(i) Pure torsion at 1rpm speed: gauge diameter = 15 mm and gauge length =78.2 mm, fillet radius = 25 mm, one revolution. (ii) Pure torsion at 1rpm speed: gauge diameter = 10 mm and gauge length =10 mm, fillet radius = 5 mm, one revolution. (iii) Torsion at 1rpm with compression at 0.083 mm/s: gauge diameter = 10 mm and gauge length =10 mm, fillet radius = 5 mm, one revolution, 5 mm stroke. (iv) Torsion at 1rpm with tension at 0.083 mm/s: gauge diameter = 10 mm and gauge length =10 mm, fillet radius = 5 mm, one revolution, 5 mm stroke. Elasto-plastic FEM modeling are carried out for room temperature torsion testing of 316L Stainless Steel conforming to test case (i). The model is validated with experimental torsion test data generated by the ATTS. Subsequently, elasto-viscoplastic FEM modeling of axial-torsion tests are carried out using this validated FEM model for tests cases (ii) to (iv).
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V. CONCLUSIONS

The true shear stress-strain curve can be drawn using modified Nadai method. This method accounts for length change in free-end torsion and it is a method to determine the true shear stress-strain curve without measurement of radial and hoop strains.
When the axial displacement is maintained constant and torque is increased, the axial load carrying capacity of the specimen decreases. A rapid drop in the axial load carrying capacity is observed once yield torque is reached. When the angle of twist is maintained constant and the axial load was increased, the torque carrying capacity of the specimen drops rapidly once the yield load is reached.
When the initially applied torque is closer to the yield torque, the maximum axial load that can be applied to the specimen decreases significantly. After the specimen becomes fully plastic, even without any increase in load the axial stress and shear stress increases rapidly as necking commences and fails rapidly.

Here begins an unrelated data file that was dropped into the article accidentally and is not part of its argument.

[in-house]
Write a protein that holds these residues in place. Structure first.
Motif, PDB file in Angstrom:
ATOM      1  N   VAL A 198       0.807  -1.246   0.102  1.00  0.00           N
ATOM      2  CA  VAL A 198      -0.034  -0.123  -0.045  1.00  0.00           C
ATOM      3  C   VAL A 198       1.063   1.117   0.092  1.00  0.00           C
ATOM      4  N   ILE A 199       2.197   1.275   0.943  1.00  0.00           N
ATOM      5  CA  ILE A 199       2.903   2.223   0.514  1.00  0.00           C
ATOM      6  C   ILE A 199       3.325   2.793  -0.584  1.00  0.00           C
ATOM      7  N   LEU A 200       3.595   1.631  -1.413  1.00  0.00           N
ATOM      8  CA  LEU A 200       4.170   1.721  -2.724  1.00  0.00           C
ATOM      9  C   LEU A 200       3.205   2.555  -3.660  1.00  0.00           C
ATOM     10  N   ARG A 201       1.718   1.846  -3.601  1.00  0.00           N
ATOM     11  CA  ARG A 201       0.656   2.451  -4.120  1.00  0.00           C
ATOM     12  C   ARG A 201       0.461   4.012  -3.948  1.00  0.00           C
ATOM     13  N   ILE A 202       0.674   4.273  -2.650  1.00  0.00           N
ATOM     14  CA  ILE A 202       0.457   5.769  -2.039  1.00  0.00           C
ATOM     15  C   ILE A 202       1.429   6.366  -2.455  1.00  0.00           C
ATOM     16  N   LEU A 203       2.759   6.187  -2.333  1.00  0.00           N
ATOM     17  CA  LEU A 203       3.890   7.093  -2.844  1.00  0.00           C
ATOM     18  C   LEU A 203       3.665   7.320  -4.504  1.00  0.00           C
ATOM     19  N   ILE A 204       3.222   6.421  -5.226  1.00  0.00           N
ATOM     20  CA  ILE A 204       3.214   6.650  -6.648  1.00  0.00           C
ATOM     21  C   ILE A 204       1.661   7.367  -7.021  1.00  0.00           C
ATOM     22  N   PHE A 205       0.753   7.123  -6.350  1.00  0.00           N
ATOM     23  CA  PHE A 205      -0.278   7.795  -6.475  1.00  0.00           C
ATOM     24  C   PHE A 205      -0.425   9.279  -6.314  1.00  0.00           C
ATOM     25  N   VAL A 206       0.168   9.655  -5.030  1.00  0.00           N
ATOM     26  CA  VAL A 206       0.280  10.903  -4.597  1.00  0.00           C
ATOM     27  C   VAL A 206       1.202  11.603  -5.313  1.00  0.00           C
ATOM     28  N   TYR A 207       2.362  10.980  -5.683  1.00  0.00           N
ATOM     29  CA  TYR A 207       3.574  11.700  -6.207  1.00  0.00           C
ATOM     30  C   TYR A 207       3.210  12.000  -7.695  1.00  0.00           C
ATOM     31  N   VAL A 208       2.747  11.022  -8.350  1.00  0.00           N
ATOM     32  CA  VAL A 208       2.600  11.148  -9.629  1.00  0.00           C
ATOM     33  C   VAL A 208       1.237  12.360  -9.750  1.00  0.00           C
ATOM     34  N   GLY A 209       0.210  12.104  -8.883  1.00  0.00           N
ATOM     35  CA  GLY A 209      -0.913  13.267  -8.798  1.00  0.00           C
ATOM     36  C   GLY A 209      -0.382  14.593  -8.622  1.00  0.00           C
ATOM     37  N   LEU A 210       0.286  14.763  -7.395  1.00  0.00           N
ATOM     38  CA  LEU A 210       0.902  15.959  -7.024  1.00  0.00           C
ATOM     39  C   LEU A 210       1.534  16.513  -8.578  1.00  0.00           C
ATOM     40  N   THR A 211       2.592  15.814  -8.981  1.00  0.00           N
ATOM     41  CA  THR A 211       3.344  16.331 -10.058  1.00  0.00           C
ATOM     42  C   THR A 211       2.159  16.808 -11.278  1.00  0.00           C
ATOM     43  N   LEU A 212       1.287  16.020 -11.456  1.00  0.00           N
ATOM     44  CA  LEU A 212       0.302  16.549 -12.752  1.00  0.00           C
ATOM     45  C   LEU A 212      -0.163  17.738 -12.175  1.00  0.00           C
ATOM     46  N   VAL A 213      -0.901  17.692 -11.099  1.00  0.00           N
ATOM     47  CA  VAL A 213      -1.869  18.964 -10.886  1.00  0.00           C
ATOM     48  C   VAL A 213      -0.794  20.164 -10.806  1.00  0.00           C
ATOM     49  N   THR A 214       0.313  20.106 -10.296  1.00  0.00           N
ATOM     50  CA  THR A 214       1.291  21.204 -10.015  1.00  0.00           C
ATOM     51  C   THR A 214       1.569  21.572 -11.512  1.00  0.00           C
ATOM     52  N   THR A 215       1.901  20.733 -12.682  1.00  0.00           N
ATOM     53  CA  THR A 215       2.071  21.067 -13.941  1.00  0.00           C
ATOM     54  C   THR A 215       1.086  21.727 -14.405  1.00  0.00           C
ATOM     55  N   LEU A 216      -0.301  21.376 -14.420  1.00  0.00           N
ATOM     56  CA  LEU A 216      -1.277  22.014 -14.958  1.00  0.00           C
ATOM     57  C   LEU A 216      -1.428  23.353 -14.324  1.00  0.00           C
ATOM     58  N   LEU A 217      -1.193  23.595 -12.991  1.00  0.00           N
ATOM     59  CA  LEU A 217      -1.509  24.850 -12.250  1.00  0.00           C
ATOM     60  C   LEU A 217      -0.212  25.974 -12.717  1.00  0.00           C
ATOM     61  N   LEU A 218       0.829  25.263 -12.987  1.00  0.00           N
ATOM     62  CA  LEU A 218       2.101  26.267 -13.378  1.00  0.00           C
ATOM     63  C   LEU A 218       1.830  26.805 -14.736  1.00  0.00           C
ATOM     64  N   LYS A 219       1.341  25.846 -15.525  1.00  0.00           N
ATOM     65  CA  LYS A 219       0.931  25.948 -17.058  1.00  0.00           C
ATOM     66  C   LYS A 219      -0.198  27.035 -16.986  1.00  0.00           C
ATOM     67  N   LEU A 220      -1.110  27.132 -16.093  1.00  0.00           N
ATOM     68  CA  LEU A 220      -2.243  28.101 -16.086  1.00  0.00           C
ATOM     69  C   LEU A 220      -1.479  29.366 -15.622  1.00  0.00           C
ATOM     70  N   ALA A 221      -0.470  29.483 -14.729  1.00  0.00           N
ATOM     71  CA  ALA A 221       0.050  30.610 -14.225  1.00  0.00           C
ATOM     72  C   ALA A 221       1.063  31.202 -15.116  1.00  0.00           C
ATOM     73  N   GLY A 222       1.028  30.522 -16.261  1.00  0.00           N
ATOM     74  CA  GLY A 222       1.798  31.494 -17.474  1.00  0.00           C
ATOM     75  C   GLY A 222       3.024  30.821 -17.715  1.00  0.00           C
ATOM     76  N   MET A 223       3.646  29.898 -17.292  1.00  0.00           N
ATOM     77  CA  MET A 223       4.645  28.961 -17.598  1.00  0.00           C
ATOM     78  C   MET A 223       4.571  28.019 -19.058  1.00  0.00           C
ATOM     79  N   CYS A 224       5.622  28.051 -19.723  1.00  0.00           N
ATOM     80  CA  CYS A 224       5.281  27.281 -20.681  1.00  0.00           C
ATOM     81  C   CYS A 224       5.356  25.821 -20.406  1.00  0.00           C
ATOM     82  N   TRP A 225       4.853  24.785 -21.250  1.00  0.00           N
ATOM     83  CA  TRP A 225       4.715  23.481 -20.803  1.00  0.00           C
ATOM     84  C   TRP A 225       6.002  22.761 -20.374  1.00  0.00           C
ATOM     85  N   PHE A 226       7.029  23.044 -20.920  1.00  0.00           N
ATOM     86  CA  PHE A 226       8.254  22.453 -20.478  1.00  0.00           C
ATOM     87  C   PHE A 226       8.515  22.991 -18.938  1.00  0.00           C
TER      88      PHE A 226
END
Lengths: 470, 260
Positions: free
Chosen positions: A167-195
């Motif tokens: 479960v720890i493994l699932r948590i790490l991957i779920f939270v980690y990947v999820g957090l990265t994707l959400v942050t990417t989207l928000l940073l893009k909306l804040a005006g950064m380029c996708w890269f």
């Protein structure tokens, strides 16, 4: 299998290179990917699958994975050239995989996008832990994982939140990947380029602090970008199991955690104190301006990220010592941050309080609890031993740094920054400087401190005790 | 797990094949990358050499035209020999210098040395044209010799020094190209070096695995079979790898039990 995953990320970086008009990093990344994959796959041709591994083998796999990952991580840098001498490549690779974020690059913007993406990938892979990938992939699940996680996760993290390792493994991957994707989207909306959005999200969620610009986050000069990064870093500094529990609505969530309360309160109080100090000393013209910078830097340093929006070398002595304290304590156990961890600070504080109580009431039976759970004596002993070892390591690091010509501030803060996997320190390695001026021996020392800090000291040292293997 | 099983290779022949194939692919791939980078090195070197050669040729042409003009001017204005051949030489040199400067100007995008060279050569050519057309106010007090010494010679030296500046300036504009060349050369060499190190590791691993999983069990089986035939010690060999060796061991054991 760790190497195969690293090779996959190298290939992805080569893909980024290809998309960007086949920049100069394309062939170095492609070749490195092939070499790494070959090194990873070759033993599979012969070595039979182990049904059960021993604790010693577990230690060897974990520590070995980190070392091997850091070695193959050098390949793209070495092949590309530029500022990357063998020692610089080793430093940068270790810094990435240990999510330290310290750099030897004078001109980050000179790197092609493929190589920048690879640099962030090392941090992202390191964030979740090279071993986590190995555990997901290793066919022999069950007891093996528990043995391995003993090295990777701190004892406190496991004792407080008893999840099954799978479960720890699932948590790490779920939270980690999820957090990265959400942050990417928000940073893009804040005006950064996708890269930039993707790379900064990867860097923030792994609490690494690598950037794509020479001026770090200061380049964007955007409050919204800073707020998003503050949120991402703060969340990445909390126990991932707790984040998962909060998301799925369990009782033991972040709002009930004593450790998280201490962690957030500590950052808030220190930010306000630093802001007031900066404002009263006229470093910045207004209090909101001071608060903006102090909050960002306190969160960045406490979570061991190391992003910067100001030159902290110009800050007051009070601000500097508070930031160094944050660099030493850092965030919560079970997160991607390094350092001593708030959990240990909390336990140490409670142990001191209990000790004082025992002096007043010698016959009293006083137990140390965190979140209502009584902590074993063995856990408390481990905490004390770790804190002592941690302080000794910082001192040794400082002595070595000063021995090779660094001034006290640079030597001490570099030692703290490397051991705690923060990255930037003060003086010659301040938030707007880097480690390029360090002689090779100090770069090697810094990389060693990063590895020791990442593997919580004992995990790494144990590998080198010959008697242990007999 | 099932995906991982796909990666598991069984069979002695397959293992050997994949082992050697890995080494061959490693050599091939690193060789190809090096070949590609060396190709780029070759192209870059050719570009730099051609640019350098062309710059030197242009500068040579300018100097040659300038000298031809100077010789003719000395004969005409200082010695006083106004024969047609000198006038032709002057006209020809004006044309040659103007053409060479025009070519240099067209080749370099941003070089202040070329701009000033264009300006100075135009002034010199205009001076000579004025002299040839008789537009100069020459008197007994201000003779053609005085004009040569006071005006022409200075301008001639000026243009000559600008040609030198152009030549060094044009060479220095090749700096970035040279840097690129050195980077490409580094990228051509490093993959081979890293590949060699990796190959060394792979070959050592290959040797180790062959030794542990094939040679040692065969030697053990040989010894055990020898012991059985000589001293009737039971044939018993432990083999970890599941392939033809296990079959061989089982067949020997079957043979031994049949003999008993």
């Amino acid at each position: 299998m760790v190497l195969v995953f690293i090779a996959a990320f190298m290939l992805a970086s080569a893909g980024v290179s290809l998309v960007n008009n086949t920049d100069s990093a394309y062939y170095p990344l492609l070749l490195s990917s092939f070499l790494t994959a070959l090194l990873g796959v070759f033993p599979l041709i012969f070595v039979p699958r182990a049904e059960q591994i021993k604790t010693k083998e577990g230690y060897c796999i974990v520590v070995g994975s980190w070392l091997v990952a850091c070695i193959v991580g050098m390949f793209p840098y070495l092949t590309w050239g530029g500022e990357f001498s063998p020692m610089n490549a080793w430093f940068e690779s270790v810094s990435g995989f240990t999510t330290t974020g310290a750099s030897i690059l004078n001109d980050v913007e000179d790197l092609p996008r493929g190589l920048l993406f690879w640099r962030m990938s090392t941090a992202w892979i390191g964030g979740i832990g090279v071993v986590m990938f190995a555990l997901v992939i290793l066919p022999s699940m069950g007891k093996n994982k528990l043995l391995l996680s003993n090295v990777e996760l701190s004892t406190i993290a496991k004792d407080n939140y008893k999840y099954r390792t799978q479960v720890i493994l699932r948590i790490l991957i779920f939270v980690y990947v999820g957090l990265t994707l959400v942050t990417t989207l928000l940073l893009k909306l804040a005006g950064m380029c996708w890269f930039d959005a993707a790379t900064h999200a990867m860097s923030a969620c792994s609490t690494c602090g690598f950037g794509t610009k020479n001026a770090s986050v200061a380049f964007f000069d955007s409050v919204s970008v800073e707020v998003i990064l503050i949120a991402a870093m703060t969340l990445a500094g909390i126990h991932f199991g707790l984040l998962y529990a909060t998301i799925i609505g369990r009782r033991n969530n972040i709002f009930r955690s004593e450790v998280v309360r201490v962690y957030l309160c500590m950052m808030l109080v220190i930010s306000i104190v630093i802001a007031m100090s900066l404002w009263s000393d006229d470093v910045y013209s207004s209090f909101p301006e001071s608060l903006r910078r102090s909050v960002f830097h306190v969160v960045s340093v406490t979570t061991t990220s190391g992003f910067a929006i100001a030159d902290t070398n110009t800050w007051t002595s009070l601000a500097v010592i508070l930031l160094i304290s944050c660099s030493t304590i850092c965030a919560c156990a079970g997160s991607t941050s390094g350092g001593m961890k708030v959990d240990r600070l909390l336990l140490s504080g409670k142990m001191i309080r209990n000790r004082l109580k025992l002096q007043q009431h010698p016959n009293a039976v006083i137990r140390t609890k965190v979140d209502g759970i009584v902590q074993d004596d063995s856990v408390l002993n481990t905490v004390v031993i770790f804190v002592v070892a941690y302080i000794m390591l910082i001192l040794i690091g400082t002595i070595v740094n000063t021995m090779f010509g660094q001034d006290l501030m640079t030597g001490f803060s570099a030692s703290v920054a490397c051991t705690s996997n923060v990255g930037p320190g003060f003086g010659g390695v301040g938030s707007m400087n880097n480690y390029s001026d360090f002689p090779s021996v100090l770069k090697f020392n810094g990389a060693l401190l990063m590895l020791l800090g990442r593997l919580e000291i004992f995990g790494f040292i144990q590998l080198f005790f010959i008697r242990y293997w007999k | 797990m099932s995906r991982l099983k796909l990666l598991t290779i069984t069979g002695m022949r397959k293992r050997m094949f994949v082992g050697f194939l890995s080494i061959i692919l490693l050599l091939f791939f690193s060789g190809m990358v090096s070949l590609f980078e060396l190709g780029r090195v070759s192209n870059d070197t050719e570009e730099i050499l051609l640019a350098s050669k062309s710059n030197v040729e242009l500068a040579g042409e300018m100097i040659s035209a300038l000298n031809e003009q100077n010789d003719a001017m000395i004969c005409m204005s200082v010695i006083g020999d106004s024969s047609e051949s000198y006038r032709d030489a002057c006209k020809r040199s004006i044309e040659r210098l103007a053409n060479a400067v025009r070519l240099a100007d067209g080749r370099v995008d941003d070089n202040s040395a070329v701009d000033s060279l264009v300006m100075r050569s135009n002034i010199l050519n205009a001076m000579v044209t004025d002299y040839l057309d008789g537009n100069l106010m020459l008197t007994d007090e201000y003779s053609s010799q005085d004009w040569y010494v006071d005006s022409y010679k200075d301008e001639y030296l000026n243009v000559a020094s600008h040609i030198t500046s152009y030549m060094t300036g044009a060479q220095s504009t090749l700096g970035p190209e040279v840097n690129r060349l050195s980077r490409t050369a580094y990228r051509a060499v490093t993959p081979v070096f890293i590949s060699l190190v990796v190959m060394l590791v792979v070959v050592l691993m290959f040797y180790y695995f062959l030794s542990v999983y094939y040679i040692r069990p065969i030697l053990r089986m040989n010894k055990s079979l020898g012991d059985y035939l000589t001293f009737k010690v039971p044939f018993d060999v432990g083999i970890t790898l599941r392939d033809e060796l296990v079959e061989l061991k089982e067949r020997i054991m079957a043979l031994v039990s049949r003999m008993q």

Tubular specimens are more reliable for torsion tests than solid specimens. The gauge length and wall thickness may have a significant influence on the axial stress in fixed-end torsion.
Accurate determination of shear modulus depends on specimen dimensions and errors involved in torsion test so we have a scope to study the effect of specimen dimensions namely root radius and gauge length on torsion test results.

ACKNOWLEDGEMENT

The experiments presented in this paper are performed by authors listed below. So we would like to express our sincere gratitude to these authors.

References

[1] S. P.Timonshenko, D.H.Young, “Elements of strength of materials”, Fifth Edition,citton educational publishing, INC., pp 70 -94,1988

[2] G.E. Dieter, "The Torsion Test in Mechanical Metallurgy”, Chapter 10, Third Edition, McGraw-Hill, Inc., New York, 1986.

[3] N.M Zarroug, R Padmanabhan, B.J MacDonald, P Young, M.S.J Hashmi, “Mild steel (En8) rod tests under combined tension–torsion loading”, Journal of Materials Processing Technology, vol. 143–144, pp 807-813,2013.

[4] A. Graber, K. Pohlandt, K. Lange, “A New Approach to the Torsion Test for Determining Flow Curves”, CIRP Annals - Manufacturing Technology, vol. 38, pp 223-226,1989.

[5] Pavel A.,Mossakovsky Fedor K., Antonov Lilia A., Kostyreva, “ Investigation of Failure Criterion in Dynamic Torsion Tests with Solid Cylindrical Specimens”, 8th European LS-DYNA Users Conference, pp 1423-1430,2011.

[6] F. Berto, M. Elices, P. Lazzarin, M. Zappalorto, “Fracture behaviour of notched round bars made of PMMA subjected to torsion at room temperature”, Engineering Fracture Mechanics, vol. 90, pp 143-160,2012

[7] Han-Chin Wu, Zhiyou Xu, Paul T Wang, “Torsion test of aluminium in the large strain range”, International Journal of Plasticity, vol.13, pp 873- 892,1997.

[8] Jose Divo Bressan,Ricardo Kirchhof Unfer, “Construction and validation tests of a torsion test machine”, Journal of Materials Processing Technology, vol.179, pp 23-29, 2006.

[9] Utpal Borah, Diptimayee Samantaray, Shaju K. Albert, A. K. Bhaduri ,T. Jayakumar, “Thermo-Mechanical Axial-Torsion Testing to Assess Workability Modelling Using Finite Element Method and Experimental Validation”,International Journal of Metallurgical Engineering , vol.2, pp 214-220,2013.